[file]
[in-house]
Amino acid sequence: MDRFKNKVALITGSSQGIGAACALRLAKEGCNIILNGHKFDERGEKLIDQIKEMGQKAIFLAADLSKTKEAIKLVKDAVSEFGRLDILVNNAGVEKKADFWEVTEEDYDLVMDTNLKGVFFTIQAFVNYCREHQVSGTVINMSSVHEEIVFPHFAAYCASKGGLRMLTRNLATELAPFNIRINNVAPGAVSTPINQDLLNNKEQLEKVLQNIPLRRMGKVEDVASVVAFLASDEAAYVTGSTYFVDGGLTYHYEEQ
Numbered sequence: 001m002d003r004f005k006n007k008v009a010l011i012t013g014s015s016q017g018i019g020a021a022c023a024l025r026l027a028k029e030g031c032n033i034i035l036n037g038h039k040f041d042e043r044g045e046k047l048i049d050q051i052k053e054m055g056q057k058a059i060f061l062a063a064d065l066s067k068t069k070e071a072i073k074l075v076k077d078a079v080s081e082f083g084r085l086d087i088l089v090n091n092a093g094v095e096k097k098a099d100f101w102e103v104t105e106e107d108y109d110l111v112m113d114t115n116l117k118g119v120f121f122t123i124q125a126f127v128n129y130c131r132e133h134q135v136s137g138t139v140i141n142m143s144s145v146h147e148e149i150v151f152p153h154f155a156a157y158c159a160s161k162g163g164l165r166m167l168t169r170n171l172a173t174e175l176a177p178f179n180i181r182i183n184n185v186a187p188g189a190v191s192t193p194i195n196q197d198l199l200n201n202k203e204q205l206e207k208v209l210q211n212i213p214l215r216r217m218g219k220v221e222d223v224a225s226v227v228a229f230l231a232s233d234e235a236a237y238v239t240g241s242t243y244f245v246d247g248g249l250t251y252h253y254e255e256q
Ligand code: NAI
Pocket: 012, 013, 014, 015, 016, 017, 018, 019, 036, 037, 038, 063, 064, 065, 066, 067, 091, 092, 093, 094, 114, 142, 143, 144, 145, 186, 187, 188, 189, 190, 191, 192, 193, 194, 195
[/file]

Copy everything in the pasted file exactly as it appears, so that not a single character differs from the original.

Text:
[in-house]
Amino acid sequence: MDRFKNKVALITGSSQGIGAACALRLAKEGCNIILNGHKFDERGEKLIDQIKEMGQKAIFLAADLSKTKEAIKLVKDAVSEFGRLDILVNNAGVEKKADFWEVTEEDYDLVMDTNLKGVFFTIQAFVNYCREHQVSGTVINMSSVHEEIVFPHFAAYCASKGGLRMLTRNLATELAPFNIRINNVAPGAVSTPINQDLLNNKEQLEKVLQNIPLRRMGKVEDVASVVAFLASDEAAYVTGSTYFVDGGLTYHYEEQ
Numbered sequence: 001m002d003r004f005k006n007k008v009a010l011i012t013g014s015s016q017g018i019g020a021a022c023a024l025r026l027a028k029e030g031c032n033i034i035l036n037g038h039k040f041d042e043r044g045e046k047l048i049d050q051i052k053e054m055g056q057k058a059i060f061l062a063a064d065l066s067k068t069k070e071a072i073k074l075v076k077d078a079v080s081e082f083g084r085l086d087i088l089v090n091n092a093g094v095e096k097k098a099d100f101w102e103v104t105e106e107d108y109d110l111v112m113d114t115n116l117k118g119v120f121f122t123i124q125a126f127v128n129y130c131r132e133h134q135v136s137g138t139v140i141n142m143s144s145v146h147e148e149i150v151f152p153h154f155a156a157y158c159a160s161k162g163g164l165r166m167l168t169r170n171l172a173t174e175l176a177p178f179n180i181r182i183n184n185v186a187p188g189a190v191s192t193p194i195n196q197d198l199l200n201n202k203e204q205l206e207k208v209l210q211n212i213p214l215r216r217m218g219k220v221e222d223v224a225s226v227v228a229f230l231a232s233d234e235a236a237y238v239t240g241s242t243y244f245v246d247g248g249l250t251y252h253y254e255e256q
Ligand code: NAI
Pocket: 012, 013, 014, 015, 016, 017, 018, 019, 036, 037, 038, 063, 064, 065, 066, 067, 091, 092, 093, 094, 114, 142, 143, 144, 145, 186, 187, 188, 189, 190, 191, 192, 193, 194, 195